Lamarckism making a comeback?: Otherwise, what to make of this?
In "The Evolution of Evolution, a "a review by Oren Harman of Evolution in Four Dimensions: Genetic, Epigenetic, Behavioral, and Symbolic Variation in the History of Life by Eva Jablonka and Marion J. Lamb, we read,
In the end, a broader view of heredity might help to solve age-old perplexities, such as the origin of novel structures like the wings of birds or the flippers of once-terrestrial whales. Even more dramatically, it may provide a much firmer basis for the appearance during evolution of what the imagination-challenged proponents of intelligent design nonsensically refer to as examples of "irreducible complexity," such as the eye, the brain, or the kidney. Darwin, with Lamarck, may have failed in trying to describe a system of heredity, but he grasped a basic truth, or the second, "softer" meaning of Lamarckism: that the fit between an organism and its environment is much tighter and more intimate than would be expected if natural selection always acted on totally random variation. Explaining nature's perfection would be very difficult indeed if there existed no mechanisms to allow somehow for the transmission and the assimilation of acquired information, even if this information is not strictly genetic.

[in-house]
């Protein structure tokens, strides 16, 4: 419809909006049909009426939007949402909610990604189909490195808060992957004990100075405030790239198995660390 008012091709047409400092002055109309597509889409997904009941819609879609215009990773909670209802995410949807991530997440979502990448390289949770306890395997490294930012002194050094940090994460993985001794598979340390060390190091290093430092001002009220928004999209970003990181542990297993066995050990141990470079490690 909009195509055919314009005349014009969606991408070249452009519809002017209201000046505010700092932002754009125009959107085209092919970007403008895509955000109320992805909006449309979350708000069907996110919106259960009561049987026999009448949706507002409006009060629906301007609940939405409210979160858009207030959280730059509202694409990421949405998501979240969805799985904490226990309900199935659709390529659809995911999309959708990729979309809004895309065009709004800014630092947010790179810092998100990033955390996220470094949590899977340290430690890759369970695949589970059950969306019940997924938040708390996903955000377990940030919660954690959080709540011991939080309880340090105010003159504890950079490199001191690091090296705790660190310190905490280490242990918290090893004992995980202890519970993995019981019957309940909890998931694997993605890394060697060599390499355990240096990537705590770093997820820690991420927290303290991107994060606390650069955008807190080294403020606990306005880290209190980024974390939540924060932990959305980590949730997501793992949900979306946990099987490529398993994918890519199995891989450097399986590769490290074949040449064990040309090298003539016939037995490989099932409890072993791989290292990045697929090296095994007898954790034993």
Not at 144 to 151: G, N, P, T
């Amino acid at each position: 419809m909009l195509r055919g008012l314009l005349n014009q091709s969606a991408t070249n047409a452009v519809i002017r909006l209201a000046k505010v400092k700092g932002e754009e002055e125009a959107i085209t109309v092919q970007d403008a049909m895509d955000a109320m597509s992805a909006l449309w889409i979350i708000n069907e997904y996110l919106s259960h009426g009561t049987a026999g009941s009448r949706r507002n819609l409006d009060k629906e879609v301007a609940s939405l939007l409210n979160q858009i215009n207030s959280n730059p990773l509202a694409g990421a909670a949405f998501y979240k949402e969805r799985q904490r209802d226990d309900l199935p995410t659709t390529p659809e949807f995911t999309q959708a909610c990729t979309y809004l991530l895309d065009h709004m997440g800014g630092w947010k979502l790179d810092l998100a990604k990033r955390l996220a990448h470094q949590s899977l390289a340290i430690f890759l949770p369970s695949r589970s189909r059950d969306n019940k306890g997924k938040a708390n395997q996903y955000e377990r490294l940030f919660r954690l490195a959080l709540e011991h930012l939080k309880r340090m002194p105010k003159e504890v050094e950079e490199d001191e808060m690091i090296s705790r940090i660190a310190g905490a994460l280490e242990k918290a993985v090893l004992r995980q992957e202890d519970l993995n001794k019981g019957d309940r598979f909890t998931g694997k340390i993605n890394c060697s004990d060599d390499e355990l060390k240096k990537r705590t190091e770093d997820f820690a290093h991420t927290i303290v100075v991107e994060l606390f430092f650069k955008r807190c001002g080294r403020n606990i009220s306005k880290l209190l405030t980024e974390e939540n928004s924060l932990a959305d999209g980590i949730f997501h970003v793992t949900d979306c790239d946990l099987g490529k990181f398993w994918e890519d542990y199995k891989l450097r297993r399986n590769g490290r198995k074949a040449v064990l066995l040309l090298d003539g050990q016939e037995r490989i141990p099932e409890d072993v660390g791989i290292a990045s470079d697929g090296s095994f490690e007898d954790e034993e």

While Jablonka and Lamb have provided a cogent and impressive theoretical basis for such an argument, there is still much experimental work to be done. In the midst of the present controversies about evolutionism and creationism, this scientific path is a better one to follow, I think, than the re-iteration of an outdated neo-Darwinian theory or the defensive admission that Darwin was a religious pluralist (he was--so what?) and really a teleological theist (which he most assuredly was not). Intelligent design is an important political issue, but scientifically and intellectually it is a hollow subject. The truly interesting reflection is taking place not in some real or imagined Bible Belt or in the backwaters of a needlessly dogmatic neo-Darwinian establishment, but right under our noses, in the fascinating new insights springing from the scientific realm of evolutionary theory itself.
Ignoring the obligatory slam at ID, the article admits that neo-Darwinism is just not producing the goods, and perhaps the poor, much-ridiculed Lamarck was right, that some acquired characteristics are inherited. The article as a whole (for which you need a password) shows the usual obsequiousness toward Darwin. He can never be just plain wrong, as Einstein sometimes was.